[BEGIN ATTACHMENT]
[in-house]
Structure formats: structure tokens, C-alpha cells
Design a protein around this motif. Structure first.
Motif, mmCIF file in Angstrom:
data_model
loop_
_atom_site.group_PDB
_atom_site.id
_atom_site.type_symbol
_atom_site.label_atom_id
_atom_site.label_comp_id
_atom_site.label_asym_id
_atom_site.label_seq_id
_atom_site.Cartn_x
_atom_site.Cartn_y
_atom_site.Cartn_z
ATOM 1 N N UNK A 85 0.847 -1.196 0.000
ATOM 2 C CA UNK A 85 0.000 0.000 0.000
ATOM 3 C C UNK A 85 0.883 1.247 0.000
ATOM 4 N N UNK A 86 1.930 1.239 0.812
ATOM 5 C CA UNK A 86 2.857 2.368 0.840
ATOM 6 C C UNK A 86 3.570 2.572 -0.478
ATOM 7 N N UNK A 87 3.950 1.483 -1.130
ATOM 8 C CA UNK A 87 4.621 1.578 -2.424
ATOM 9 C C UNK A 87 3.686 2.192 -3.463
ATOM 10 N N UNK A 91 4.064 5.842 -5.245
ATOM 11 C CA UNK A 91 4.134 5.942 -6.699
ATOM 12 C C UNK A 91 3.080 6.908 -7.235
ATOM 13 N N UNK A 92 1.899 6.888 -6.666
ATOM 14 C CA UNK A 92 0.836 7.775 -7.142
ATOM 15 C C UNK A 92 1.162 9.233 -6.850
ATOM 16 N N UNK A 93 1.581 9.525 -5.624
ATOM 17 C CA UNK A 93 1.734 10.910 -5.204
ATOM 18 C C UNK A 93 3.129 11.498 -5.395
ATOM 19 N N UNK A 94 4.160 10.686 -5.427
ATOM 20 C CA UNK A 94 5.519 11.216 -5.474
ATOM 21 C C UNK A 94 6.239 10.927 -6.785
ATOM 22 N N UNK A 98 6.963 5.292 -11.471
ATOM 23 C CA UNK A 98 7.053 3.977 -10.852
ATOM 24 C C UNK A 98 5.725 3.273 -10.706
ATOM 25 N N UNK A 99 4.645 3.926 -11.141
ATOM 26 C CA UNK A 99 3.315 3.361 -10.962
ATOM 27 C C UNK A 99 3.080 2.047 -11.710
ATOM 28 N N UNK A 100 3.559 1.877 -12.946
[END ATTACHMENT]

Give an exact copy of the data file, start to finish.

[in-house]
Structure formats: structure tokens, C-alpha cells
Design a protein around this motif. Structure first.
Motif, mmCIF file in Angstrom:
data_model
loop_
_atom_site.group_PDB
_atom_site.id
_atom_site.type_symbol
_atom_site.label_atom_id
_atom_site.label_comp_id
_atom_site.label_asym_id
_atom_site.label_seq_id
_atom_site.Cartn_x
_atom_site.Cartn_y
_atom_site.Cartn_z
ATOM 1 N N UNK A 85 0.847 -1.196 0.000
ATOM 2 C CA UNK A 85 0.000 0.000 0.000
ATOM 3 C C UNK A 85 0.883 1.247 0.000
ATOM 4 N N UNK A 86 1.930 1.239 0.812
ATOM 5 C CA UNK A 86 2.857 2.368 0.840
ATOM 6 C C UNK A 86 3.570 2.572 -0.478
ATOM 7 N N UNK A 87 3.950 1.483 -1.130
ATOM 8 C CA UNK A 87 4.621 1.578 -2.424
ATOM 9 C C UNK A 87 3.686 2.192 -3.463
ATOM 10 N N UNK A 91 4.064 5.842 -5.245
ATOM 11 C CA UNK A 91 4.134 5.942 -6.699
ATOM 12 C C UNK A 91 3.080 6.908 -7.235
ATOM 13 N N UNK A 92 1.899 6.888 -6.666
ATOM 14 C CA UNK A 92 0.836 7.775 -7.142
ATOM 15 C C UNK A 92 1.162 9.233 -6.850
ATOM 16 N N UNK A 93 1.581 9.525 -5.624
ATOM 17 C CA UNK A 93 1.734 10.910 -5.204
ATOM 18 C C UNK A 93 3.129 11.498 -5.395
ATOM 19 N N UNK A 94 4.160 10.686 -5.427
ATOM 20 C CA UNK A 94 5.519 11.216 -5.474
ATOM 21 C C UNK A 94 6.239 10.927 -6.785
ATOM 22 N N UNK A 98 6.963 5.292 -11.471
ATOM 23 C CA UNK A 98 7.053 3.977 -10.852
ATOM 24 C C UNK A 98 5.725 3.273 -10.706
ATOM 25 N N UNK A 99 4.645 3.926 -11.141
ATOM 26 C CA UNK A 99 3.315 3.361 -10.962
ATOM 27 C C UNK A 99 3.080 2.047 -11.710
ATOM 28 N N UNK A 100 3.559 1.877 -12.946